One of the emerging talent bottlenecks for high-growth African start-ups is the number of professional software developers on the continent, which has been estimated by Google at around 716,000, almost half of them in Egypt. , Kenya, Nigeria and South Africa. The average age of these developers, at 29, is below the global average of 36. A third are under 25 years old.

At the current rate of venture capital deals, it’s a safe bet that next year’s list will feature many more tech groups. But the ranking also reflects how capital markets beyond Africa have been influenced by businesses on the continent. Naspers’ revenue growth in South Africa (number 37 on this list and the continent’s largest company by market capitalization) reflects its just under a third stake in China’s Tencent and other assets. international Internet sites which are now hosted in Prosus, its European investment vehicle which was created in 2019.

A few rungs up the list is IHS Towers, the continent’s largest independent mobile phone mast operator, benefiting from a boom in the infrastructure needed for growing internet use in Africa. IHS was listed in New York last year in the largest IPO of an African company in US markets.

Particularly striking is the strong representation of South African platinum group metal miners, of which the country is a major global supplier, including Northam, Royal Bafokeng and Anglo American Platinum.

This reflects the nature of a revenue-based growth ranking – miner sales in recent years have been boosted by soaring platinum prices and the depreciation of the South African rand, in which many costs are assessed, by against the US dollar.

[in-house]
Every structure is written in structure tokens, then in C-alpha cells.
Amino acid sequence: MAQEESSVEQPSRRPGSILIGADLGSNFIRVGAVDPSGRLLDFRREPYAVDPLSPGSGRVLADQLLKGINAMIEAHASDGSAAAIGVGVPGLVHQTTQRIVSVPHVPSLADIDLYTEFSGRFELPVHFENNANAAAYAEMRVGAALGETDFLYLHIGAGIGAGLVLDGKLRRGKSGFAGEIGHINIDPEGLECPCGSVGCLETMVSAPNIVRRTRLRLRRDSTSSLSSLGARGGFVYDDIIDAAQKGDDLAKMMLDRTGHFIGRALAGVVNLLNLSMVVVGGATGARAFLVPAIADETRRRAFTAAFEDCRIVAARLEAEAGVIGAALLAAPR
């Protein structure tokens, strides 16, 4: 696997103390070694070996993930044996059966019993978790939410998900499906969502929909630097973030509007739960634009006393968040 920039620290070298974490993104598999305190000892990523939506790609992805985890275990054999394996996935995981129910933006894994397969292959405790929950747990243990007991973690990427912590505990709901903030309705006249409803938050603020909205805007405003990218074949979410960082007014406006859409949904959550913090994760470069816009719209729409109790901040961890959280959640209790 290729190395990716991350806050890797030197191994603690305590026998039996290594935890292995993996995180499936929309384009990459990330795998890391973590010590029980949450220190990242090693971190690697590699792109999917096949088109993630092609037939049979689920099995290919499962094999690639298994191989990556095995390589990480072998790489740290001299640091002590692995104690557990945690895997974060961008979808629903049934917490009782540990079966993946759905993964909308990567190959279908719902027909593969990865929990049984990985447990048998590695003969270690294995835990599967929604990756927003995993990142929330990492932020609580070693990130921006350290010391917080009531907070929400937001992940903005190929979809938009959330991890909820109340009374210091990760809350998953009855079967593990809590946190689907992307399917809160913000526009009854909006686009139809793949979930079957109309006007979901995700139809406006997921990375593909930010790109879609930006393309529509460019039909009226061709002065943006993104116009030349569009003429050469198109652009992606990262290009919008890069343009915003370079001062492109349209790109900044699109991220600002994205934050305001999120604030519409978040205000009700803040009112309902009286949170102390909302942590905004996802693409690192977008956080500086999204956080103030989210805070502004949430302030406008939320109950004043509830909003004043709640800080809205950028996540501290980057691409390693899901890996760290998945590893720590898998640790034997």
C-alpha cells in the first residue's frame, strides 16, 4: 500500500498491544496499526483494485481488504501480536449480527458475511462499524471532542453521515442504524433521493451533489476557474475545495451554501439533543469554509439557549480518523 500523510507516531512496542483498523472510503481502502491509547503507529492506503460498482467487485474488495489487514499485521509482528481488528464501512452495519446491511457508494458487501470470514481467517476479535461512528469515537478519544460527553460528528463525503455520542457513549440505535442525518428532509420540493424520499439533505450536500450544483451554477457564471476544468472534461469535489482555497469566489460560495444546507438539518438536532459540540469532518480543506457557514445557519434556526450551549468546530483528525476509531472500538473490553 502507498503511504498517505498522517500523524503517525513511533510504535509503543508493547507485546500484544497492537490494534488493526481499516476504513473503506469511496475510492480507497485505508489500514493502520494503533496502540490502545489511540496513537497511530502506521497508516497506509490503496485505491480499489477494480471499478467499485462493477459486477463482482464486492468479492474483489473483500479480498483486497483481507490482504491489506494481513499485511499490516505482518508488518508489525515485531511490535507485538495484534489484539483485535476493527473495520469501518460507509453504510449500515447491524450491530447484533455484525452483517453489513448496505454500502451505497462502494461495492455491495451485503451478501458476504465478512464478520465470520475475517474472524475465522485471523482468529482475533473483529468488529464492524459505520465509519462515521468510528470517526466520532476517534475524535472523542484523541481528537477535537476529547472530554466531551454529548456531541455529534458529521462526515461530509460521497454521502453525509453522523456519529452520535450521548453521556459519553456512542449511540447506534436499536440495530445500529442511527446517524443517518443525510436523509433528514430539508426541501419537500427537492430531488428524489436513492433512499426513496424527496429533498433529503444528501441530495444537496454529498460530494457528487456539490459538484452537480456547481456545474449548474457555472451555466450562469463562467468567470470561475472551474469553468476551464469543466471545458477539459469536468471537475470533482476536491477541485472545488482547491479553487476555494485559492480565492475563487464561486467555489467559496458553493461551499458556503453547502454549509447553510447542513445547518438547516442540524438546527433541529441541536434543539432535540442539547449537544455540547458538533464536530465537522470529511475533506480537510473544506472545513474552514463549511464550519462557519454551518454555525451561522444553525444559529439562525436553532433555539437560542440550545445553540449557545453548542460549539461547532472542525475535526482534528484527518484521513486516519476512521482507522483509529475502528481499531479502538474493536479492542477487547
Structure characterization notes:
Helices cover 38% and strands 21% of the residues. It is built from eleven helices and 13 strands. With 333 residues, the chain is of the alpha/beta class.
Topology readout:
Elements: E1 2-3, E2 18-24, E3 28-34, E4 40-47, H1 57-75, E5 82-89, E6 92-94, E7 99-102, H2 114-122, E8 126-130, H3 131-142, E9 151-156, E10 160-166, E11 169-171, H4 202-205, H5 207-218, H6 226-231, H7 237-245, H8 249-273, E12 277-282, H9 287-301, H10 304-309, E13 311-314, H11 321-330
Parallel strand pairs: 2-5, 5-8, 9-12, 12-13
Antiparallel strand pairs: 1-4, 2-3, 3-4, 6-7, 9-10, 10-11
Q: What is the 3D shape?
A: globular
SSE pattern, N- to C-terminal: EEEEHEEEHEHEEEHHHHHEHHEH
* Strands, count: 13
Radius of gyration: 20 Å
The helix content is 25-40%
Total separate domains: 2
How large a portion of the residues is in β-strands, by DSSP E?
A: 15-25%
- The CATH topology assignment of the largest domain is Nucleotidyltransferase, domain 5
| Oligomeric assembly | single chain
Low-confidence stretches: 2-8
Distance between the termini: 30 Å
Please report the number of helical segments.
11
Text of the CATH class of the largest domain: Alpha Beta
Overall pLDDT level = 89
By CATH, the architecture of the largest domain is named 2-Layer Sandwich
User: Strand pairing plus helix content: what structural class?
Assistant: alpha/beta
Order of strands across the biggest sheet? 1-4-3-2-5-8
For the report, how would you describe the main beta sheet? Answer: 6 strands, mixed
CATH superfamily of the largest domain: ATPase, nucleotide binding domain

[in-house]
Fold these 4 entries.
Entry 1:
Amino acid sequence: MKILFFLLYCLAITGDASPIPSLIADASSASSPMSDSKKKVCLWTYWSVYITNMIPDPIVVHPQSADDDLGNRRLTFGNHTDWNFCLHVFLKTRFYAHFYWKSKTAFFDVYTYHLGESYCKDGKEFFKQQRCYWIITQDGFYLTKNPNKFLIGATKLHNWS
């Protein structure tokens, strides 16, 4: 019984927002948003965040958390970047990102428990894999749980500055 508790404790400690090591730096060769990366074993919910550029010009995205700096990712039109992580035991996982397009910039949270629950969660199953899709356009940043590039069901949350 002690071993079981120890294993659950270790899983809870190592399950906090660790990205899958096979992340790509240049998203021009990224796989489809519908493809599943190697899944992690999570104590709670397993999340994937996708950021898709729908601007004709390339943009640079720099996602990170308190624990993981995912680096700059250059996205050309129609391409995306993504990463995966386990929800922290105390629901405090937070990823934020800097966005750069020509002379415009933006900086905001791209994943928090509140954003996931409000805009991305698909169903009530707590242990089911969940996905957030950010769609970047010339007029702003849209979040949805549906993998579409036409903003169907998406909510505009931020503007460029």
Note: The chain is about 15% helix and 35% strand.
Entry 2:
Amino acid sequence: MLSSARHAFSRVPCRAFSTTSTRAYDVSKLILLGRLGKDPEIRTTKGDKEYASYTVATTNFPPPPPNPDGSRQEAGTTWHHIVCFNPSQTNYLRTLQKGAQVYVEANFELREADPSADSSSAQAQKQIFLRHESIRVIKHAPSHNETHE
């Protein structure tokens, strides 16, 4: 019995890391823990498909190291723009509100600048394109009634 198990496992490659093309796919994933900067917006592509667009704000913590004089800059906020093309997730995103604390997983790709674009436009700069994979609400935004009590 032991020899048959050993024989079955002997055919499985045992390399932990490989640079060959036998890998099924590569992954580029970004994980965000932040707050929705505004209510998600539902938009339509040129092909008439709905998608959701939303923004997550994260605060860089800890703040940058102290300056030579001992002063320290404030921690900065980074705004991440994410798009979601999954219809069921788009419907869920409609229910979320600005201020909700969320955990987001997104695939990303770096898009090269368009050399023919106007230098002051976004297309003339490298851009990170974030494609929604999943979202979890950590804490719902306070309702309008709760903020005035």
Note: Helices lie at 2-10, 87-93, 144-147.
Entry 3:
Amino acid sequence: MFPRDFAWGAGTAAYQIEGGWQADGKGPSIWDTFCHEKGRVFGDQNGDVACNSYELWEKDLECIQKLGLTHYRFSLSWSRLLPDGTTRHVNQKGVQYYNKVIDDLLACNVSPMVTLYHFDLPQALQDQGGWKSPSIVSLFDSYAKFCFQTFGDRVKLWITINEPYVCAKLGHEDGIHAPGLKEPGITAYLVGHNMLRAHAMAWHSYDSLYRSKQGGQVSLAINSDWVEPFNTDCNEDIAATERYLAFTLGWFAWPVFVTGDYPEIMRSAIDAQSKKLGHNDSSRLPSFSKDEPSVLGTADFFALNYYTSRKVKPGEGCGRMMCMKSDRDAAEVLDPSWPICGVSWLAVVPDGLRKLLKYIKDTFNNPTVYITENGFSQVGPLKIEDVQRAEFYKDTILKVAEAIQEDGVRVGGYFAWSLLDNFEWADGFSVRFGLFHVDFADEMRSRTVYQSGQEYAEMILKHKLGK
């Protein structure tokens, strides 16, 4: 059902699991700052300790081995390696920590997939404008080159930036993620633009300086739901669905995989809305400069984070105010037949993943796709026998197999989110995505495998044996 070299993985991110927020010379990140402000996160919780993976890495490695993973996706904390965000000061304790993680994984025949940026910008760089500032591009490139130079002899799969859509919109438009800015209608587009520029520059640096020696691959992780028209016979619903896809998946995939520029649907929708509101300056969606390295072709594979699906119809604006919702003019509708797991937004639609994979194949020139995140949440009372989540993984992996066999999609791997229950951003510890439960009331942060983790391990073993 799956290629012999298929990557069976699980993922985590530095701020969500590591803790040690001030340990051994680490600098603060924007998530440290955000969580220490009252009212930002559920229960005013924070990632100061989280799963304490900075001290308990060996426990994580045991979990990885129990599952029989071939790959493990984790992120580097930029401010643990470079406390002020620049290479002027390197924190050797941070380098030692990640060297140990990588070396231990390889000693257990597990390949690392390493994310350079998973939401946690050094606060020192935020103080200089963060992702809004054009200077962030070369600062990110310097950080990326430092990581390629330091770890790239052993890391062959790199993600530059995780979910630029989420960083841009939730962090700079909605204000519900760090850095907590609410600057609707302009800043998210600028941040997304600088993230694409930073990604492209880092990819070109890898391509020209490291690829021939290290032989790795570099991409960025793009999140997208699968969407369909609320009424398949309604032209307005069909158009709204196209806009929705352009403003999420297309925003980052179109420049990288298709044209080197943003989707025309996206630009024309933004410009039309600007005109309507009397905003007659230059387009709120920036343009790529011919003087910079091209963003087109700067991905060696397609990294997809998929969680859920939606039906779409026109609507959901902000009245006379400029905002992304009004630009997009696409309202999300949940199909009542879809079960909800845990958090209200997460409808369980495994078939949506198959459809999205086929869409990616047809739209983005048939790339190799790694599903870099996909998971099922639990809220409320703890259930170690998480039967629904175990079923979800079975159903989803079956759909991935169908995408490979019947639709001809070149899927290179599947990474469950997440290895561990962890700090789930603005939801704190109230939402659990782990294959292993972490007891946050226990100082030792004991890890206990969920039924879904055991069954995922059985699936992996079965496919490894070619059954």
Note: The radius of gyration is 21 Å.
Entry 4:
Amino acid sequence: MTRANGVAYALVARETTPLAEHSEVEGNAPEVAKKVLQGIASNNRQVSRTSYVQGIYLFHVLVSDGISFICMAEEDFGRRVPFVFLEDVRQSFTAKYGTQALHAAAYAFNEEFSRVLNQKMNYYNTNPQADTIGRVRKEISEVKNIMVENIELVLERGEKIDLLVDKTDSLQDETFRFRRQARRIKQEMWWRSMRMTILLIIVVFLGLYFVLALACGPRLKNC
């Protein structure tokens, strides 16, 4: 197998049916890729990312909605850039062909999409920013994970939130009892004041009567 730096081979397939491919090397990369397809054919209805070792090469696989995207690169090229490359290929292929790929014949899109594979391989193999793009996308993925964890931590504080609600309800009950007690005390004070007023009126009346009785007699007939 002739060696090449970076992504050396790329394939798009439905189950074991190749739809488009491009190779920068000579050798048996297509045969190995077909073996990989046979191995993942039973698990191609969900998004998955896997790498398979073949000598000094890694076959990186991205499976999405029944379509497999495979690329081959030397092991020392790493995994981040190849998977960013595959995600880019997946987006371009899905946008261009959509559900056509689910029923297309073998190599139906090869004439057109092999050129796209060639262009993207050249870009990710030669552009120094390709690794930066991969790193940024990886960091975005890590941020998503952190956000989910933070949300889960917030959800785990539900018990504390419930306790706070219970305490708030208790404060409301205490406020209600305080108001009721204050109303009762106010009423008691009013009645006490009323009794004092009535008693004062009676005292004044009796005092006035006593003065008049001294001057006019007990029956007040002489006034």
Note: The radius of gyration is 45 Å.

It is a volatile mixture. In 2020, the last year used for this ranking, the average price of platinum was $885 per ounce, but that hid highs of around $1,070 and lows of around $605. Palladium prices were equally wild, ricocheting between $2,800 and $1,600 an ounce below a 2020 average of $2,200.

Even though analysts are pointing to signs of a maturing cycle, such as rising costs, mining executives insist that long-term platinum demand is here to stay, given the lack of supply and the requirement of metal in clean energy technologies – the production of fuel cells, for example.

“There is a systemic global primary supply problem, and it boils down to the scarcity of new mining projects to replace the depletion profiles of mature mines currently in operation,” Northam chief executive Paul Dunne said in March. .

The platinum mining boom also shows that, although the ranking methodology emphasizes that it is geared towards “primarily organic” growth, expansion through acquisitions is also important. Over the past few months, Northam has built a roughly one-third stake in Royal Bafokeng in a bid battle with Impala Platinum, another miner. Sibanye-Stillwater, a South African platinum miner not on this list, tripled its revenue from 2018 to last year by securing deals that included an entry into battery metals.

M&A-led growth could also become the lifeblood of Africa’s biggest fintech start-ups, both in and out of this ranking.

MFS Africa, a South Africa-based digital payment gateway, closed one of the deals raising more than $100 million last year. He has also been heavily involved in pan-African mergers and acquisitions, making two large acquisitions to expand in West and East Africa, as well as three minority investments, in 2020 and 2021.

Deals such as MFS’s “are critical building blocks for building an expansive fintech infrastructure business on the continent”, due to the importance of payment scale, Renaissance analysts said. Capital last month.

“We believe the trend of consolidations in the ecosystem is likely to continue, spurred by access to venture capital funding, with fintech companies leading the charge,” they added.